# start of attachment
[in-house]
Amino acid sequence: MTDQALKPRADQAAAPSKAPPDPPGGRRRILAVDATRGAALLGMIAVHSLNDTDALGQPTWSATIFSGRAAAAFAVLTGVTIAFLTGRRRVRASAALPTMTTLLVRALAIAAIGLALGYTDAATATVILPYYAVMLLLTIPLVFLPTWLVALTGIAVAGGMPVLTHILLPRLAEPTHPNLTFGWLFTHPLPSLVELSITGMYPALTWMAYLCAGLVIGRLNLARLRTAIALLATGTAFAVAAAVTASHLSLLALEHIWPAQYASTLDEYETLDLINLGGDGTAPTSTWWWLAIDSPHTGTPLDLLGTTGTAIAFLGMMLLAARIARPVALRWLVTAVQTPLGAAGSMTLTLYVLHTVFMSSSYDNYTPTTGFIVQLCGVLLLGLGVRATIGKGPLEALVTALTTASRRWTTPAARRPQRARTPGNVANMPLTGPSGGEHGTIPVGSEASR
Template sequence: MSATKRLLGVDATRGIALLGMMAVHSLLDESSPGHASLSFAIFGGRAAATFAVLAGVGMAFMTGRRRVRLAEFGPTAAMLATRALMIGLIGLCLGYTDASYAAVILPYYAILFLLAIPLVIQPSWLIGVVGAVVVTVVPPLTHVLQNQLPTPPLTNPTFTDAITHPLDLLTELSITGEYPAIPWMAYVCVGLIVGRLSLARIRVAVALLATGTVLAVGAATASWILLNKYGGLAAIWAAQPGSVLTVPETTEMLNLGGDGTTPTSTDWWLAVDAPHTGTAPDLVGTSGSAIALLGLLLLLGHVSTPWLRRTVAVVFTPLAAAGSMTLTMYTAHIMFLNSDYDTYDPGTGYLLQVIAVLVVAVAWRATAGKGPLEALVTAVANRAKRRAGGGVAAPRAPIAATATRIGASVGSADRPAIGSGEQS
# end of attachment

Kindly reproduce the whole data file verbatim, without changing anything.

[in-house]
Amino acid sequence: MTDQALKPRADQAAAPSKAPPDPPGGRRRILAVDATRGAALLGMIAVHSLNDTDALGQPTWSATIFSGRAAAAFAVLTGVTIAFLTGRRRVRASAALPTMTTLLVRALAIAAIGLALGYTDAATATVILPYYAVMLLLTIPLVFLPTWLVALTGIAVAGGMPVLTHILLPRLAEPTHPNLTFGWLFTHPLPSLVELSITGMYPALTWMAYLCAGLVIGRLNLARLRTAIALLATGTAFAVAAAVTASHLSLLALEHIWPAQYASTLDEYETLDLINLGGDGTAPTSTWWWLAIDSPHTGTPLDLLGTTGTAIAFLGMMLLAARIARPVALRWLVTAVQTPLGAAGSMTLTLYVLHTVFMSSSYDNYTPTTGFIVQLCGVLLLGLGVRATIGKGPLEALVTALTTASRRWTTPAARRPQRARTPGNVANMPLTGPSGGEHGTIPVGSEASR
Template sequence: MSATKRLLGVDATRGIALLGMMAVHSLLDESSPGHASLSFAIFGGRAAATFAVLAGVGMAFMTGRRRVRLAEFGPTAAMLATRALMIGLIGLCLGYTDASYAAVILPYYAILFLLAIPLVIQPSWLIGVVGAVVVTVVPPLTHVLQNQLPTPPLTNPTFTDAITHPLDLLTELSITGEYPAIPWMAYVCVGLIVGRLSLARIRVAVALLATGTVLAVGAATASWILLNKYGGLAAIWAAQPGSVLTVPETTEMLNLGGDGTTPTSTDWWLAVDAPHTGTAPDLVGTSGSAIALLGLLLLLGHVSTPWLRRTVAVVFTPLAAAGSMTLTMYTAHIMFLNSDYDTYDPGTGYLLQVIAVLVVAVAWRATAGKGPLEALVTAVANRAKRRAGGGVAAPRAPIAATATRIGASVGSADRPAIGSGEQS